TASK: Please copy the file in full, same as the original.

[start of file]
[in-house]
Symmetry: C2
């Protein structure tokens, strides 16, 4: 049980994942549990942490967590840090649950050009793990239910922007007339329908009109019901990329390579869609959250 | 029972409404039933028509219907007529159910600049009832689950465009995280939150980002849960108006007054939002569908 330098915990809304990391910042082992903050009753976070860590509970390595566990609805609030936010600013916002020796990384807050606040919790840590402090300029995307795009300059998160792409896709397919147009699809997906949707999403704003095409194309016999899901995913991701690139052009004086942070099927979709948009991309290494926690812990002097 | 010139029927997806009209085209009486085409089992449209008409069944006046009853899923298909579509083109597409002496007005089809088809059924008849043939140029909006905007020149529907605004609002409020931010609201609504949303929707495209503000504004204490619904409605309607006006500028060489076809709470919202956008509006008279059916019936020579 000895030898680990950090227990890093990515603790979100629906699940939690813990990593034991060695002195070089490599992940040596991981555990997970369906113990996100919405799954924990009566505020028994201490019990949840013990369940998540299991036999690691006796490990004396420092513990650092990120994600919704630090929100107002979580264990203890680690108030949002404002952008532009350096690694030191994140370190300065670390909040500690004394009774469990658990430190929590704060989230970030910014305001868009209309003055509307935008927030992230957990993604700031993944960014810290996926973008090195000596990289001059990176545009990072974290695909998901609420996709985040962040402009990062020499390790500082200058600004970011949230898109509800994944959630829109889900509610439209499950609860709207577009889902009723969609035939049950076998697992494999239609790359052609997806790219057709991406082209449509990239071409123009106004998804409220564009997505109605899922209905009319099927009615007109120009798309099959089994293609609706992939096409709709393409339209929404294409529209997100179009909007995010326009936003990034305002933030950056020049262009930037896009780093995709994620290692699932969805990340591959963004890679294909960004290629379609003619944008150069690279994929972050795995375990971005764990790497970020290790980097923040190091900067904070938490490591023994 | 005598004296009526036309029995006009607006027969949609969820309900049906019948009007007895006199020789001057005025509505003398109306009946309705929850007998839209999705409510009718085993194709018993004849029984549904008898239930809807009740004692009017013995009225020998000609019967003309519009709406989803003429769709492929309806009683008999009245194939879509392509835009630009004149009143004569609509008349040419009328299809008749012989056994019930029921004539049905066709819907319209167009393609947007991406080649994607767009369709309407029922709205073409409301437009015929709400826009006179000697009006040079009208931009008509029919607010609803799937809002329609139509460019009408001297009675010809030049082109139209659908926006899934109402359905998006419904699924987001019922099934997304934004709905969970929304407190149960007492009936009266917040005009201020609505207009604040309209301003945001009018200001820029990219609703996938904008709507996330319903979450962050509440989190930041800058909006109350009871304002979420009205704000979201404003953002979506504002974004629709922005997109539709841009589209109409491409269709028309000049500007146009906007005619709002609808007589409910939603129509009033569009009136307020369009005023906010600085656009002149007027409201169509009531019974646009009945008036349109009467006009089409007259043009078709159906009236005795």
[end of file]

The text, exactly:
[in-house]
Symmetry: C2
């Protein structure tokens, strides 16, 4: 049980994942549990942490967590840090649950050009793990239910922007007339329908009109019901990329390579869609959250 | 029972409404039933028509219907007529159910600049009832689950465009995280939150980002849960108006007054939002569908 330098915990809304990391910042082992903050009753976070860590509970390595566990609805609030936010600013916002020796990384807050606040919790840590402090300029995307795009300059998160792409896709397919147009699809997906949707999403704003095409194309016999899901995913991701690139052009004086942070099927979709948009991309290494926690812990002097 | 010139029927997806009209085209009486085409089992449209008409069944006046009853899923298909579509083109597409002496007005089809088809059924008849043939140029909006905007020149529907605004609002409020931010609201609504949303929707495209503000504004204490619904409605309607006006500028060489076809709470919202956008509006008279059916019936020579 000895030898680990950090227990890093990515603790979100629906699940939690813990990593034991060695002195070089490599992940040596991981555990997970369906113990996100919405799954924990009566505020028994201490019990949840013990369940998540299991036999690691006796490990004396420092513990650092990120994600919704630090929100107002979580264990203890680690108030949002404002952008532009350096690694030191994140370190300065670390909040500690004394009774469990658990430190929590704060989230970030910014305001868009209309003055509307935008927030992230957990993604700031993944960014810290996926973008090195000596990289001059990176545009990072974290695909998901609420996709985040962040402009990062020499390790500082200058600004970011949230898109509800994944959630829109889900509610439209499950609860709207577009889902009723969609035939049950076998697992494999239609790359052609997806790219057709991406082209449509990239071409123009106004998804409220564009997505109605899922209905009319099927009615007109120009798309099959089994293609609706992939096409709709393409339209929404294409529209997100179009909007995010326009936003990034305002933030950056020049262009930037896009780093995709994620290692699932969805990340591959963004890679294909960004290629379609003619944008150069690279994929972050795995375990971005764990790497970020290790980097923040190091900067904070938490490591023994 | 005598004296009526036309029995006009607006027969949609969820309900049906019948009007007895006199020789001057005025509505003398109306009946309705929850007998839209999705409510009718085993194709018993004849029984549904008898239930809807009740004692009017013995009225020998000609019967003309519009709406989803003429769709492929309806009683008999009245194939879509392509835009630009004149009143004569609509008349040419009328299809008749012989056994019930029921004539049905066709819907319209167009393609947007991406080649994607767009369709309407029922709205073409409301437009015929709400826009006179000697009006040079009208931009008509029919607010609803799937809002329609139509460019009408001297009675010809030049082109139209659908926006899934109402359905998006419904699924987001019922099934997304934004709905969970929304407190149960007492009936009266917040005009201020609505207009604040309209301003945001009018200001820029990219609703996938904008709507996330319903979450962050509440989190930041800058909006109350009871304002979420009205704000979201404003953002979506504002974004629709922005997109539709841009589209109409491409269709028309000049500007146009906007005619709002609808007589409910939603129509009033569009009136307020369009005023906010600085656009002149007027409201169509009531019974646009009945008036349109009467006009089409007259043009078709159906009236005795």